Combinations of Vegetables for Better Health

Combinations of Vegetables for Better Health

In the Netherlands, over 1 million people suffer from chronic bowel disorders, one major factor of this being that people do not eat sufficient fibre. Additionally there is growing scientific evidence that not only the amount of fibre but also combinations from different plant sources will determine the beneficial effects. Fibre serves as a substrate for bacteria in the gut producing small bio-active components that have positive effects on the fat and protein metabolism as well as on the immune response.  They also lower the risk of cancer and other chronic diseases.

More research, however, is necessary to substantiate these effects. In our project we will include combinations of beets and carrots, fruits, pulses, cereals and cabbages. Thereby Keep Food Simple aims to support the complete usage of the harvested vegetables. In doing so waste will be minimalised, and the full nutritional benefits will be made more readily available.

However focus on the importance of eating more fibre-rich food has not led to the desired changes in our consumption pattern. There is not much evidence that the recommended level of a minimum of 35 gr of fibre per day will be reached in the foreseeable future. Neither will the consumption of combinations of plant products be seen as a priority, certainly not in the short term.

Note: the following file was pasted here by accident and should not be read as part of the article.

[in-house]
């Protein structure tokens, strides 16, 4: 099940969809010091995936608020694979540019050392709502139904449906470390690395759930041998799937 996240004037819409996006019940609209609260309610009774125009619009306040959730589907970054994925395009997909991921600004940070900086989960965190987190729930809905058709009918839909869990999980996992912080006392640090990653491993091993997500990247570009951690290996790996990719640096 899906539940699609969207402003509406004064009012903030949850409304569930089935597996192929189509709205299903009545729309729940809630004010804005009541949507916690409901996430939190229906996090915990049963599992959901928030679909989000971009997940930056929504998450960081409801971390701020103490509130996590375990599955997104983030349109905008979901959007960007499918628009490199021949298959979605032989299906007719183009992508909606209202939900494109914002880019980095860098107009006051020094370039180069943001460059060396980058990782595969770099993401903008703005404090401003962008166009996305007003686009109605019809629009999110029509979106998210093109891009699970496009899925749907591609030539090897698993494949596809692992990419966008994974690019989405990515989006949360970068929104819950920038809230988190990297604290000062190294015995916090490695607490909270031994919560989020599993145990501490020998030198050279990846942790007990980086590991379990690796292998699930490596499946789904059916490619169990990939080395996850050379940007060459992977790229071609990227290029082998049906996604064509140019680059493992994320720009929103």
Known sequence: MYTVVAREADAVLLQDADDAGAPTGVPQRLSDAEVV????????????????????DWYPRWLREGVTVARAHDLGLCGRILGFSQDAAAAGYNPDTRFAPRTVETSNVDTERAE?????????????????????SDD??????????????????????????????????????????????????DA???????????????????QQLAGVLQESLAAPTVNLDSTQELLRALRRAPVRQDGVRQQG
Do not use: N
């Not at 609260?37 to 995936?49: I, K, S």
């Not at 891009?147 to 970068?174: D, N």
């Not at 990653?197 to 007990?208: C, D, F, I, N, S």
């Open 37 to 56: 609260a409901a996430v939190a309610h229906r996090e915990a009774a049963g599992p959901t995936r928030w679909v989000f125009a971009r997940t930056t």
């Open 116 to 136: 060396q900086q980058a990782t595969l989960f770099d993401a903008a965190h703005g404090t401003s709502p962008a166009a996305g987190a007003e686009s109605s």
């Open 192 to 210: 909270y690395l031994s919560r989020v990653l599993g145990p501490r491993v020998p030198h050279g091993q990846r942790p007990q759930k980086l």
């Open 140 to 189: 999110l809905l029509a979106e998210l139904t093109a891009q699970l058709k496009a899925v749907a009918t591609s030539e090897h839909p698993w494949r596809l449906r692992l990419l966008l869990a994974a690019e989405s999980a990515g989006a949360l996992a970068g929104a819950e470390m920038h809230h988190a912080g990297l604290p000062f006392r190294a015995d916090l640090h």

In this project Keep Food Simple has chosen an integrated approach with the focus on both communicating the necessity of eating more and better fibre, as well as providing a real understanding of the effects of fibre on a healthy gut.

The communication part of our project, which aims at a clearer message on the health benefits of vegetable food products to a wider audience, will be done in alliance with partners with a sizeable outreach to consumers and food professionals.

Our first partner is Dutch Cuisine. They promote the preparation of good quality food using local ingredients and avoiding waste. Through an impressive group of ambassadors consisting of top restaurants and their chefs, the message of more and better fibre will be made available for professionals as well as for the general public.

Next Keep Food Simple will also directly communicate our message through presentations and videos using social media.

The science part will be done in collaboration with our partners in Maastricht and Wageningen Universities. Both have extensive experience in gut health research and the role of fibre.

The current advice from the Voedingscentrum is: eat 35 grams of fibre per day. If our research confirms the importance of diversity of fibre from different sources, this could lead to the following recommendation by the Netherlands Nutrition Centre: eat fibre-rich complete food from different plant sources, because this is better for keeping your body healthy, with better weight control, resistance against illness but also better mental health.